'I no like to tell bad things/ Fontana said, hurrying along on her little legs. The 'things' came out like 'dings,' but Mary could translate easily. If you grew up in South Philly, you could communicate instantly with any tailor, barber, or mobster.

'I don't want you to tell bad things,' Mary said, hurrying beside her, matching stride for stride. Fontana Giangiulio had to be pushing seventy but Mary could barely keep up. 'I just want you to tell me what you saw.'

'I have to do de weddin' dress now. Dey need me dere.'

I'll walk you. I don't want to interrupt your job. Just tell me, please, what you heard. It's very, very important.'

'I no like to say.' Fontana shook her head in a jittery way as she chugged forward. 'Ees no nice. Ees, what dey say, tales outta school.'

'No, it's not. If it's the truth, it's not a tale, and you can save someone's life.'

'Oh, Deo,' Fontana said, scurrying along. 'I no say.'

'You saw the Newlins on Sunday, the mother and the daughter, Paige. You fixed Paige's dress.'

'De seam, I said. No de dress. De dress, she was fine. De seam was no right.' Fontana didn't stop to frown. 'I put de clip in de back seam, to hold for de picture. Not for permanent, you know, for… come se dice, Maria' She waved a tiny hand.

'For temporary,' Mary supplied. 'For the picture, got it. So you worked with Paige.'

'I feex her seam. De customers, dey think we no hear, we no see. But we hear. We see.'

'I know, that's true.' Mary could imagine little Fontana buzzing around the models, kneeling as she chalked the hem at their feet. The tailors would be ignored because servants were invisible, especially to the likes of the Newlins. 'What did you see?'

'Oh, Madonna mia!' Fontana waved her hand again as they barreled to the escalator and climbed on. Mary took advantage of the chance to breathe, now that Fontana had to stand still for a minute. 'Dey fight, dees two!'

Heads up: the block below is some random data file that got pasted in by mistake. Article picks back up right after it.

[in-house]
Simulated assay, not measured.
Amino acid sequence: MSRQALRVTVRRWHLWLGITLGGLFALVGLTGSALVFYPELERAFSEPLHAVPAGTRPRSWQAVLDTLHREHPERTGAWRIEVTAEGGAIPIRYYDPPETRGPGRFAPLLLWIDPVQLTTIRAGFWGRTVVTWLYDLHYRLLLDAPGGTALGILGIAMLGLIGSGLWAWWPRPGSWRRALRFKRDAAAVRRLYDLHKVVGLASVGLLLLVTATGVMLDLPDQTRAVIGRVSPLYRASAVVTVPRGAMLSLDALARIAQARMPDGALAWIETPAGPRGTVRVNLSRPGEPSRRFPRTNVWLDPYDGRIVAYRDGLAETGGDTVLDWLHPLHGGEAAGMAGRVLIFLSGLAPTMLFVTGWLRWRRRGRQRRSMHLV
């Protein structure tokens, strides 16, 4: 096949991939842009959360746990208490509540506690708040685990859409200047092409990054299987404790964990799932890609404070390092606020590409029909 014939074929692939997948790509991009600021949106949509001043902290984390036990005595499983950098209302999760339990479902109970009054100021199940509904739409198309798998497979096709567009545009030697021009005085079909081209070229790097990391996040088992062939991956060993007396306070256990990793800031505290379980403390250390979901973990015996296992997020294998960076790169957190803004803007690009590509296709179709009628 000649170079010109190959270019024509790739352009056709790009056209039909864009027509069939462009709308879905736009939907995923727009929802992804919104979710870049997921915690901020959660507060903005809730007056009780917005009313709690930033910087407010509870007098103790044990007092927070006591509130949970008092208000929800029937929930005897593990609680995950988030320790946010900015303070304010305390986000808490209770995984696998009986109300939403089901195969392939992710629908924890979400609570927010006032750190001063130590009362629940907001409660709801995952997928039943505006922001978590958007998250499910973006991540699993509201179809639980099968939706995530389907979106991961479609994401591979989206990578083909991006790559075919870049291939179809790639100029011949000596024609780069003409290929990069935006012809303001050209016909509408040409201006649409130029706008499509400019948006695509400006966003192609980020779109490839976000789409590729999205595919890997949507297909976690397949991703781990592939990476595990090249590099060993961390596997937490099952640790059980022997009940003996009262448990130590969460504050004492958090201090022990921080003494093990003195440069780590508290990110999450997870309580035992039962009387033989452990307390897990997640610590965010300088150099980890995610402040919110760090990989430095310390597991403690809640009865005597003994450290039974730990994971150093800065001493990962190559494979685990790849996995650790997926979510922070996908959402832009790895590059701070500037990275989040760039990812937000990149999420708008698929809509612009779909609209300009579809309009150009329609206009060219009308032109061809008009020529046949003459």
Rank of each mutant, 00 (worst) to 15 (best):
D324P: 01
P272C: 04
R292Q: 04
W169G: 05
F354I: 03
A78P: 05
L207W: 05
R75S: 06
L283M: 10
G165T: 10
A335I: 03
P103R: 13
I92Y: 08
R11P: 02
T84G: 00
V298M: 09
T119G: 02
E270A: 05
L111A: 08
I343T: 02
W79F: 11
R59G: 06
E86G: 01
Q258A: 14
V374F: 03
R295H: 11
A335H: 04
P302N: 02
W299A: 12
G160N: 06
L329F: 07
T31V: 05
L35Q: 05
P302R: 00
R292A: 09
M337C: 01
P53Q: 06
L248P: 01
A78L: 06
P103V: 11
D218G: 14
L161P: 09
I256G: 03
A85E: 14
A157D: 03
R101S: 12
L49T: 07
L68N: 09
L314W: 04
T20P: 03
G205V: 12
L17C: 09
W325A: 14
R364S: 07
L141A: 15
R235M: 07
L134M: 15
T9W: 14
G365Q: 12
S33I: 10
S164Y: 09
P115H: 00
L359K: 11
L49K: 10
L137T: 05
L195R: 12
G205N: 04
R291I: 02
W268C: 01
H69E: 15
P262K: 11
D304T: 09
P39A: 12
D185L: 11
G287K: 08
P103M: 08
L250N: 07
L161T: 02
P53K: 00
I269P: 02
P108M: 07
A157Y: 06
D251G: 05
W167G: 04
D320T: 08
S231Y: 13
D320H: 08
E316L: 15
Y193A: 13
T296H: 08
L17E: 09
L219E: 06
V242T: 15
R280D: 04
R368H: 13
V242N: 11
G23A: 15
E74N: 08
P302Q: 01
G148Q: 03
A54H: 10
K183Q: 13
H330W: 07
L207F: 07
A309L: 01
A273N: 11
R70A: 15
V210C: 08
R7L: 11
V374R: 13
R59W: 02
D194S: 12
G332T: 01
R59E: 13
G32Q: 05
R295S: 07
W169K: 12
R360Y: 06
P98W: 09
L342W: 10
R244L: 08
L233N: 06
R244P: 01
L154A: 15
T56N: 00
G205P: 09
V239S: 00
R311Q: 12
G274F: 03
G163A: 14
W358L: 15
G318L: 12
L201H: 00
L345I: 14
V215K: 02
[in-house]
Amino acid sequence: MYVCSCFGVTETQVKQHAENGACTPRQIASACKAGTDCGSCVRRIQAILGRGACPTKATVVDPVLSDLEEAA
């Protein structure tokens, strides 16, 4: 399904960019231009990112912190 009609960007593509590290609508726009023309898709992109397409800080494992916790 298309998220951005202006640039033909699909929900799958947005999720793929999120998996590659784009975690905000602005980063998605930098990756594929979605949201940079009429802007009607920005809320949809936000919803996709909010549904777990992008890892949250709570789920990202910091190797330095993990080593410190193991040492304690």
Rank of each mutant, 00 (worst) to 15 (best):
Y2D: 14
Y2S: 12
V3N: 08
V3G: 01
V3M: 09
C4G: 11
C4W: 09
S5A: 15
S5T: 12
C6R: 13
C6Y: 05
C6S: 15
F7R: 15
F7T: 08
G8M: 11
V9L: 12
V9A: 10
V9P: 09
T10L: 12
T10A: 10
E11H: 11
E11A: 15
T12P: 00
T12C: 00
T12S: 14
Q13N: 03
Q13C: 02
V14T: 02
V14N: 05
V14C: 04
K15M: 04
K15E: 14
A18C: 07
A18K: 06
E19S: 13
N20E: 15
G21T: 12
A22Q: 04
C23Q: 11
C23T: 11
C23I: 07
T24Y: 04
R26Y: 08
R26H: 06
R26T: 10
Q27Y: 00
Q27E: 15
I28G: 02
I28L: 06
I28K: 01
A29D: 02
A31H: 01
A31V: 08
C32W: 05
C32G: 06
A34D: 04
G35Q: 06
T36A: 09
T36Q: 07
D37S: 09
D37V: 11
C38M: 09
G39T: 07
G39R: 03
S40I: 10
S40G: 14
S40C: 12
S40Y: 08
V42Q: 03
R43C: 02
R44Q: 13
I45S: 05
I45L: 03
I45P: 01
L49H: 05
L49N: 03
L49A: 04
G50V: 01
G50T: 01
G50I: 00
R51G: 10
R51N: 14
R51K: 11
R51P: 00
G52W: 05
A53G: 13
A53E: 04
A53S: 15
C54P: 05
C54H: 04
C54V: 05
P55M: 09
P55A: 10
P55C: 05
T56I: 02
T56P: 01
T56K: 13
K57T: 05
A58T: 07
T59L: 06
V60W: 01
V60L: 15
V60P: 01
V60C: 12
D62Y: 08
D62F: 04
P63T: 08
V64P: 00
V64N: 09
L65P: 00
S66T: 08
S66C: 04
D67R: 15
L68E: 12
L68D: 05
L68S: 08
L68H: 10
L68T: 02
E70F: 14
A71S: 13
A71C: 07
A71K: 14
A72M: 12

Mary tried to hide her excitement. 'A big fight or a little fight?'

'A beeg fight! Dey fight and dey fight! But only in de dressin' room, you see. Not where nobody can see.'

'What did they fight about?'

'De mother, she call de daughter alla names. She call her a puttana!'

'A puttana?' Mary was shocked. It meant a prostitute. A whore.

'Si! Si! Fontana no can believe!' She shook her head for half a floor, gliding downward with her chin high, upset at the very thought. 'Den de daughter, she start to cry, and de mother, she laugh.'

'Laugh?'

'Si! Si! She laugh and she walk allaway out!'

'She left?'

'Si! Si!' Fontana hopped off the escalator when it reached the second floor and took off past the makeup counter. The bright chrome of Clinique reflected on her glasses, but Mary could see her aged eyes go watery behind them. 'But de girl, she start cryin', so sad. De makeup, ees alla mess. De seam, Fontana do again, with de clip. De girl cryin' on her knees, so Fontana help de girl up. She so pretty, like angel.' Fontana motored past black and glossy Chanel, but Mary saw it as a dark blur. 'And Fontana, she hold de girl, hug de girl, until she no cry no more and she get up and she feex her makeup and Fontana feex de seam and she pretend like no ding happen.'

Mary tried to visualize it. Then what?'

'An' den she go out and dey taka her picture. Howa you like dat?'

That's terrible,' Mary said, meaning it. She knew there had been something very wrong between mother and daughter. She wondered how long it had gone on, emotional abuse like that. A long time, for Paige's powers of recovery to be so fast, her emotional scars hidden by makeup and a professional smile. Had Jack known about it? Had it been hidden in dressing rooms and behind closed doors, or was Mary making excuses for him? What had her father said, that night over coffee? If your mother was doing bad things to you, it would be my fault. 'Did anybody else see?'

'Si! Si! One person know what I say ees true.' Fontana stopped in her tracks and held up a finger.

'Who?' Mary asked, breathless.

'Jesus Christ, he know/ she said, with a faith that Mary couldn't begin to understand.

For her part, she could never fathom where Jesus Christ was when a mother called her daughter a whore.